#AWW2021 Book Review: “An Unforeseen Demise” by P. A. Mason

Title: An Unforeseen Demise (Trouble Down Under #1)
Author: P. A. Mason
Genre: Urban fantasy/cozy mystery
Intended audience: Adult
Date Read: 27/06/2021 – 30/06/2021
Rating: 
★★★★

Review: 

I have to admit that when I heard P. A. Mason was writing a series of witchy cozy mysteries set in Australia, I wasn’t actually expecting an American main character but I understand the choice. Mason’s audience is likely to be mostly Americans, or at least largely non-Australian, and an audience stand-in who can ask questions about kangaroos and our odd colloquialisms was probably necessary.

Kat Crowe is one of a family of witches who travels to Australia to take care of her Aunt Tabitha’s affairs after the older woman’s unexpected death. But Aunt Tabby’s death seems suspicious, not the least because as a seer, she should have seen it coming, and seemingly didn’t.

This book has all the elements you expect from a cozy mystery: small town, nosy neighbours, and residents who aren’t all they seem. I loved some of the witchy additions, like the “witchy web”, an app that connects the magical community but appears as a phony astrology app to non-magical people who stumble across it.

The solution to the mystery was somewhat bittersweet, but it more than answered the question of why no one knew about Aunt Tabby’s death before it happened.

I’m definitely looking forward to more of Kat’s adventures in future instalments!


This review is part of my 2021 Australian Women Writers Challenge. Click here for more information.

Find me on:
GoodReads | Facebook | Twitter | Instagram

Book Review: “‘Twas the Knife Before Christmas” by Jacqueline Frost

Title: ‘Twas the Knife Before Christmas (A Christmas Tree Farm Mystery #2)
Author:
Jacqueline Frost
Genre: Cozy mystery
Target audience: Adult
Date Read: 14/11/18 – 17/11/18
Rating:
★★★

Review:

Okay, I have to be honest, I went into this book not expecting too much. I thought the story would be a bit OTT, and that I wouldn’t be abe to take it too seriously, but that I wouldn’t mind, because it’s a Christmas story and you can get away with that in Christmas stories.I didn’t expect to get really invested!

When Holly’s best friend, Caroline, is accused of the murder of Derek Waggoner, whose body is found in a giant bowl of mints at the town’s annual Christmas Lights ceremony, Holly sets out to prove her innocence. But doing so attracts the attention of the killer, putting Holly in danger for the second Christmas in a row.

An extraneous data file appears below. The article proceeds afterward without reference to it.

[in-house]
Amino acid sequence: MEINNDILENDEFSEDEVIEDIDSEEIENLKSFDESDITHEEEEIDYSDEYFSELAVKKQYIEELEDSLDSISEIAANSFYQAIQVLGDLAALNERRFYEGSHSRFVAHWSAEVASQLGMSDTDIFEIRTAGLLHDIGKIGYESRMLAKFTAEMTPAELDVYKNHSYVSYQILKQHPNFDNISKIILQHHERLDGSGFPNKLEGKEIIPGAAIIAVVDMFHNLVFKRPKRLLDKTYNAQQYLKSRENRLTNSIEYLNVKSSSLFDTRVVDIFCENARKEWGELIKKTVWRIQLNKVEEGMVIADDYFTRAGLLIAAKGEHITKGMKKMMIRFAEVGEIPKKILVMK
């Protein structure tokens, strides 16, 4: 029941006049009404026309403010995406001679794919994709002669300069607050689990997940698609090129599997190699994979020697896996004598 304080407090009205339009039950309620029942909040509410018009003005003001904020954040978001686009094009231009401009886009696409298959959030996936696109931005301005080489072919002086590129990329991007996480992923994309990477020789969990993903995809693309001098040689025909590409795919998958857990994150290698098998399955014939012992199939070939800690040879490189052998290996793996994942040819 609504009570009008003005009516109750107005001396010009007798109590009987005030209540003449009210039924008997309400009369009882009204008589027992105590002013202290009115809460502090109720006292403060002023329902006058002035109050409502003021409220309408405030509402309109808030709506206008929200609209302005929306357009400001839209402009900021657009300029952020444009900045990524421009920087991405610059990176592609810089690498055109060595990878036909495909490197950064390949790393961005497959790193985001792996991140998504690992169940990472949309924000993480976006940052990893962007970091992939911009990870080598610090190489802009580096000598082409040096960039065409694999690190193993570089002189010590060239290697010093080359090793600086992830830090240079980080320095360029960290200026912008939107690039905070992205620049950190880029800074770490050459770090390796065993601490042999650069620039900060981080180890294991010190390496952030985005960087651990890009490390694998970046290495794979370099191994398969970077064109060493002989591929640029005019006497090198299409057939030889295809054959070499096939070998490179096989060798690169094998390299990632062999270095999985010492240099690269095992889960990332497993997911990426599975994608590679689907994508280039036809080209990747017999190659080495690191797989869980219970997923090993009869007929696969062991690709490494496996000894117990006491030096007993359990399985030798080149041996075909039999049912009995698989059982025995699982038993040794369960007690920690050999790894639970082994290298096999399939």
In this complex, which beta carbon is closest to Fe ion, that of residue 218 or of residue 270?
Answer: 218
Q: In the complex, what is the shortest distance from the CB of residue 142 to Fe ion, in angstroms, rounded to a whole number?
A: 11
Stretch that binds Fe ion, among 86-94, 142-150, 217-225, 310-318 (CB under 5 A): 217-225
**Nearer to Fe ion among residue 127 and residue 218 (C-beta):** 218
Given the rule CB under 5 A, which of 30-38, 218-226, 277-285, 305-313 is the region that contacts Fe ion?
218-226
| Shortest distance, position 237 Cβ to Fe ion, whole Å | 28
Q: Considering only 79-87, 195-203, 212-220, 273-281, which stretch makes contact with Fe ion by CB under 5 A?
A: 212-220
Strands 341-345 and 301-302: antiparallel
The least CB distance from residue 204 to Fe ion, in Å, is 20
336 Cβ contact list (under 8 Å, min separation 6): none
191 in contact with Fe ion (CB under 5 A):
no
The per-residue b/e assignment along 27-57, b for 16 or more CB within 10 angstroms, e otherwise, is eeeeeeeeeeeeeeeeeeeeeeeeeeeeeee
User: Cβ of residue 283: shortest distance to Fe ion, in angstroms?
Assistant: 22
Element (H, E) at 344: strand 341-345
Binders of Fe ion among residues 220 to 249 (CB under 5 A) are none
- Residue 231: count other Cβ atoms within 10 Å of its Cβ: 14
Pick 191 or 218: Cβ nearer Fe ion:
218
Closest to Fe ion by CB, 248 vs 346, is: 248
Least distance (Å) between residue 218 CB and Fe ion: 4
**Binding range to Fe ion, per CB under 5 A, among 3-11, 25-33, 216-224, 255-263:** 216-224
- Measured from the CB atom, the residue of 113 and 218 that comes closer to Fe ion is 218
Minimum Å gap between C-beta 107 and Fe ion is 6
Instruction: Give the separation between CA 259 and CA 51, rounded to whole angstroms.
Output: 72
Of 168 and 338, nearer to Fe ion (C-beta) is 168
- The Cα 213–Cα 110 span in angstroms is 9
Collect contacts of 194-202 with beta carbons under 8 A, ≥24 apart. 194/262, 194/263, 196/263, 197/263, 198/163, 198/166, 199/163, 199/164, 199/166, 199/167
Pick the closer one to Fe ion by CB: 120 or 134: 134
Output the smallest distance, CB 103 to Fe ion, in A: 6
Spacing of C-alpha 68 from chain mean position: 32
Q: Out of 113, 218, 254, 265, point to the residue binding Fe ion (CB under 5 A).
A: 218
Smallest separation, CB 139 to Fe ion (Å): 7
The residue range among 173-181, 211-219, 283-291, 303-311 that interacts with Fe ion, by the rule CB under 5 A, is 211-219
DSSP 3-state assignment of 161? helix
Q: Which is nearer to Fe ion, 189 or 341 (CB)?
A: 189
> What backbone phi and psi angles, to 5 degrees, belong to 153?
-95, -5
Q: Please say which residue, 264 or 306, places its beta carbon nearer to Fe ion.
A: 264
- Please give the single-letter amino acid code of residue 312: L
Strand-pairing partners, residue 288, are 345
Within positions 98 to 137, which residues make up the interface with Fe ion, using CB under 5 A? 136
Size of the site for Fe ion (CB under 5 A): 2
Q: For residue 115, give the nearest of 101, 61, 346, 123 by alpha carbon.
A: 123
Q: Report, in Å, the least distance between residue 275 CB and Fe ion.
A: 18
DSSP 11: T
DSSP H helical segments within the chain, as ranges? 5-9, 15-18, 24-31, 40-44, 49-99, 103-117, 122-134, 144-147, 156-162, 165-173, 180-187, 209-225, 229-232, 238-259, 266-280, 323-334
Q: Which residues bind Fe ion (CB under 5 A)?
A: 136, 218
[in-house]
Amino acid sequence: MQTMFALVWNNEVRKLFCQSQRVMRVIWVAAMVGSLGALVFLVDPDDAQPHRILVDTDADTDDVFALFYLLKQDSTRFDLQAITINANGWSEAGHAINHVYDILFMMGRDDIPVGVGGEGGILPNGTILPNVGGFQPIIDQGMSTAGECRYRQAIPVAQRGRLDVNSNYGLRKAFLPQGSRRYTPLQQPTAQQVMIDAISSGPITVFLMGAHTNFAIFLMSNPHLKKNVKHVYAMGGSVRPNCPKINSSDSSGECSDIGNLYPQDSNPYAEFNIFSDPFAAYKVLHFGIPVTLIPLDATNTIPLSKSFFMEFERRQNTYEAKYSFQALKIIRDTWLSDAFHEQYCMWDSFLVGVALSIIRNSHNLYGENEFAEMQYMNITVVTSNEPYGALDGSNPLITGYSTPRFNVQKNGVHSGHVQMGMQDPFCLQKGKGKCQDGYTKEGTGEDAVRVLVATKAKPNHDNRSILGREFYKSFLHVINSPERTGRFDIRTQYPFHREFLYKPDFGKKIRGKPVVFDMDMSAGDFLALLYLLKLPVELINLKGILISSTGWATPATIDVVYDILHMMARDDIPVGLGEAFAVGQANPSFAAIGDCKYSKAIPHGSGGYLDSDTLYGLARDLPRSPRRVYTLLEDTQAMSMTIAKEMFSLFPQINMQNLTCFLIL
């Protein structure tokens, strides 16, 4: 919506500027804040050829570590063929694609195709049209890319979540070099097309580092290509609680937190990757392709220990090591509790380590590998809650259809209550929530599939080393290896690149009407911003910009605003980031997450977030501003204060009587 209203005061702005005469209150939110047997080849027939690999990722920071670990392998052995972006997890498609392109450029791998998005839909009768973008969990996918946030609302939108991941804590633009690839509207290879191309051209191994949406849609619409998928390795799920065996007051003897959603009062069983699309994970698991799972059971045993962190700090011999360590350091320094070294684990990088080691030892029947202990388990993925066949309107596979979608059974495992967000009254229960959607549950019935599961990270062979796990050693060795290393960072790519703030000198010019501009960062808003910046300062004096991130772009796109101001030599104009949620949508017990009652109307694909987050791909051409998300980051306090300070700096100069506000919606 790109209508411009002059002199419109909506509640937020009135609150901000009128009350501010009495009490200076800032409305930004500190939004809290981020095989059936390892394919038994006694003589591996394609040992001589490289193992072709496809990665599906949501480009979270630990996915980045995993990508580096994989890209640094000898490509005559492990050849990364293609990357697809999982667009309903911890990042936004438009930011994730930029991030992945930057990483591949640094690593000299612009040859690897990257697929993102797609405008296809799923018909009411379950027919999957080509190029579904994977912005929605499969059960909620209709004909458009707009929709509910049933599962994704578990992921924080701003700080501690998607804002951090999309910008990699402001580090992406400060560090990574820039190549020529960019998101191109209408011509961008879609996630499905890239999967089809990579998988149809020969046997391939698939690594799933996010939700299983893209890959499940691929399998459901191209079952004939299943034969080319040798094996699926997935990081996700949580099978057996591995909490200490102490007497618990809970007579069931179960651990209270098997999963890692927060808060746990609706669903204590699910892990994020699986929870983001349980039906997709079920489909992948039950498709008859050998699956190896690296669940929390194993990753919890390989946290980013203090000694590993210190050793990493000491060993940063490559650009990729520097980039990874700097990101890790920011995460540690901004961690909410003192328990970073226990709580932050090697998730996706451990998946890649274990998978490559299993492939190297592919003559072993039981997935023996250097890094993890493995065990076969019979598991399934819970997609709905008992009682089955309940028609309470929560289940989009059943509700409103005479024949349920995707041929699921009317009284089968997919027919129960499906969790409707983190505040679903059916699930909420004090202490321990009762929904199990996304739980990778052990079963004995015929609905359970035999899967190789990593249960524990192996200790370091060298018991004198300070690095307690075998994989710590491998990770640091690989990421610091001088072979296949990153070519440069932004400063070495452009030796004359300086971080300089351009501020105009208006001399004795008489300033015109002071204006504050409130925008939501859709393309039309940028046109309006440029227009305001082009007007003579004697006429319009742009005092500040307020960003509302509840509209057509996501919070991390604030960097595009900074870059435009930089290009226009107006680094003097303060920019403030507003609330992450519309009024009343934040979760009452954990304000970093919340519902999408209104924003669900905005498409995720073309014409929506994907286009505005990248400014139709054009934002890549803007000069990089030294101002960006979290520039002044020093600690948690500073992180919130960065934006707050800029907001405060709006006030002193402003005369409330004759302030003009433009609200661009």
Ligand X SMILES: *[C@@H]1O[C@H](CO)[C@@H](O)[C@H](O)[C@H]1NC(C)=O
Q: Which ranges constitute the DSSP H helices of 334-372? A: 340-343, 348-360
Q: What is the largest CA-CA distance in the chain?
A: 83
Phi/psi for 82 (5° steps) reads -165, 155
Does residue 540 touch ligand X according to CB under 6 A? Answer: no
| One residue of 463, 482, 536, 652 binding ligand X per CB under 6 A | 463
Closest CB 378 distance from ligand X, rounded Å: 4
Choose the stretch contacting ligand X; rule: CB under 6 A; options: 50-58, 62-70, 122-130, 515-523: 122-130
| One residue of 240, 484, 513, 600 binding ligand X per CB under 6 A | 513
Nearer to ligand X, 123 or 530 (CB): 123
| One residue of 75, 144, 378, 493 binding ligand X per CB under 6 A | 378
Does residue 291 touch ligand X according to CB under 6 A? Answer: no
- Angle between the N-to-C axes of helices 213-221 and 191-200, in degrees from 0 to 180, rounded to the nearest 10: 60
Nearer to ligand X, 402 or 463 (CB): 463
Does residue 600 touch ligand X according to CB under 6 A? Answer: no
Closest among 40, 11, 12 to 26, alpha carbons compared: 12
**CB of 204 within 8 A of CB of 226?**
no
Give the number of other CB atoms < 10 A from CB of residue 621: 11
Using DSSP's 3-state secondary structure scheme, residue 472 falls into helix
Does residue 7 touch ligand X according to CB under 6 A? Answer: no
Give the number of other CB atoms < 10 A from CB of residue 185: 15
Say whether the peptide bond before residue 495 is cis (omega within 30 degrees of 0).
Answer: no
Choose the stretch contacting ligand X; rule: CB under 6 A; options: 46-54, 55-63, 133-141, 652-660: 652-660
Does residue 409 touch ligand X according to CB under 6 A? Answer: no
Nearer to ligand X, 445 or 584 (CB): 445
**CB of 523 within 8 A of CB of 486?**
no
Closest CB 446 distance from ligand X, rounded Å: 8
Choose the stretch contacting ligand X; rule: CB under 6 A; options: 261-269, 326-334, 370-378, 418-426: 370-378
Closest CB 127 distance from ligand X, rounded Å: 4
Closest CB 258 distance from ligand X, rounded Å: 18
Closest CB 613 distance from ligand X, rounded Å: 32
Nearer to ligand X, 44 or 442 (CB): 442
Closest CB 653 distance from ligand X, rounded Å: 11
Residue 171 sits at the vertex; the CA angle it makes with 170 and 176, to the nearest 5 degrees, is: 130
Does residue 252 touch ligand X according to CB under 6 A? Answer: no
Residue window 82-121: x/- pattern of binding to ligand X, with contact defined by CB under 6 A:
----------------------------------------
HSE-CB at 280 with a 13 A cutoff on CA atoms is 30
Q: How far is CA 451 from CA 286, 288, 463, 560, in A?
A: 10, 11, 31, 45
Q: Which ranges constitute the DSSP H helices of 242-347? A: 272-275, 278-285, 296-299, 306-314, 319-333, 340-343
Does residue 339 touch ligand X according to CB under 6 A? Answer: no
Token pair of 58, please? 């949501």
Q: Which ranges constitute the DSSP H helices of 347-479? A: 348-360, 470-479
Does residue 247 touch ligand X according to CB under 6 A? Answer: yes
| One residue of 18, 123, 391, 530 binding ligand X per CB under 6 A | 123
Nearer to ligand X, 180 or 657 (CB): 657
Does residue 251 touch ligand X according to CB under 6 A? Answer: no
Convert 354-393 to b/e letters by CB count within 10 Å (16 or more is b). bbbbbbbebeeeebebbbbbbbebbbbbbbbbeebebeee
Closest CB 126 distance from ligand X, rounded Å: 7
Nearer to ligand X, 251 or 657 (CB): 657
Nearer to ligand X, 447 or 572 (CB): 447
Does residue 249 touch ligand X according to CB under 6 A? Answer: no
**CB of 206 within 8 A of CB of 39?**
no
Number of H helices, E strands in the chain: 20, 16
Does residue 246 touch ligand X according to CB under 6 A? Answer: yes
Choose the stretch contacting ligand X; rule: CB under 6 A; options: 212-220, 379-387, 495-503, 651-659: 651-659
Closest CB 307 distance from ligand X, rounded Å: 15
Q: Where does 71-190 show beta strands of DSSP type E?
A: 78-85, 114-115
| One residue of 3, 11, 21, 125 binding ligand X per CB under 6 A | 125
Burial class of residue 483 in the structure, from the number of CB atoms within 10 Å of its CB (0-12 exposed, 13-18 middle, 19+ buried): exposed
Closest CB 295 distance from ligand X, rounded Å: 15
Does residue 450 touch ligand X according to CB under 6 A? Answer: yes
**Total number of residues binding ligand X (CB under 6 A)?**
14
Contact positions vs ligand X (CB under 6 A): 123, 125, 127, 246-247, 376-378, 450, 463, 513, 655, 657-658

While this is the second in a series, it stood alone well enough. The book filled me in on the details I needed to know from the previous book, and most of the focus was on the events of this one.

As i said, I got quite invested in Holly and her friends. I wanted Caroline to get out of jail. I wanted to know why Sherriff Gray seemed to have pushed Holly away after kissing her quite publicly and dramatically last Christmas (I actually really loved Sherriff Gray a lot just in general). Even the minor characters had really distinct personalites and I really enjoyed getting to know them.

I was a bit annoyed that when the murderer is finally revealed, they have a big villain monologue while they train a gun on Holly. I did raise my eyebrows a little bit at the suggestion that the real Santa did have something to do with  Holly getting out alive, as well as a few other Christmas miracles. But hey, didn’t I say you can get away with a lot in a Christmas book?

I do have the first book  in this series on my Kindle and I intend to read it closer to Christmas (when I am hopefully through my ARCs and have finished my 2018 challenges). I’m definitely looking forward to revisiting Mistletoe, Maine, even if I am doing it in the wrong order.


(Thank you to the Publishers and NetGalley for providing me with a free copy of this book in exchange for a review)

Find me on:
GoodReads | Facebook | Twitter | Instagram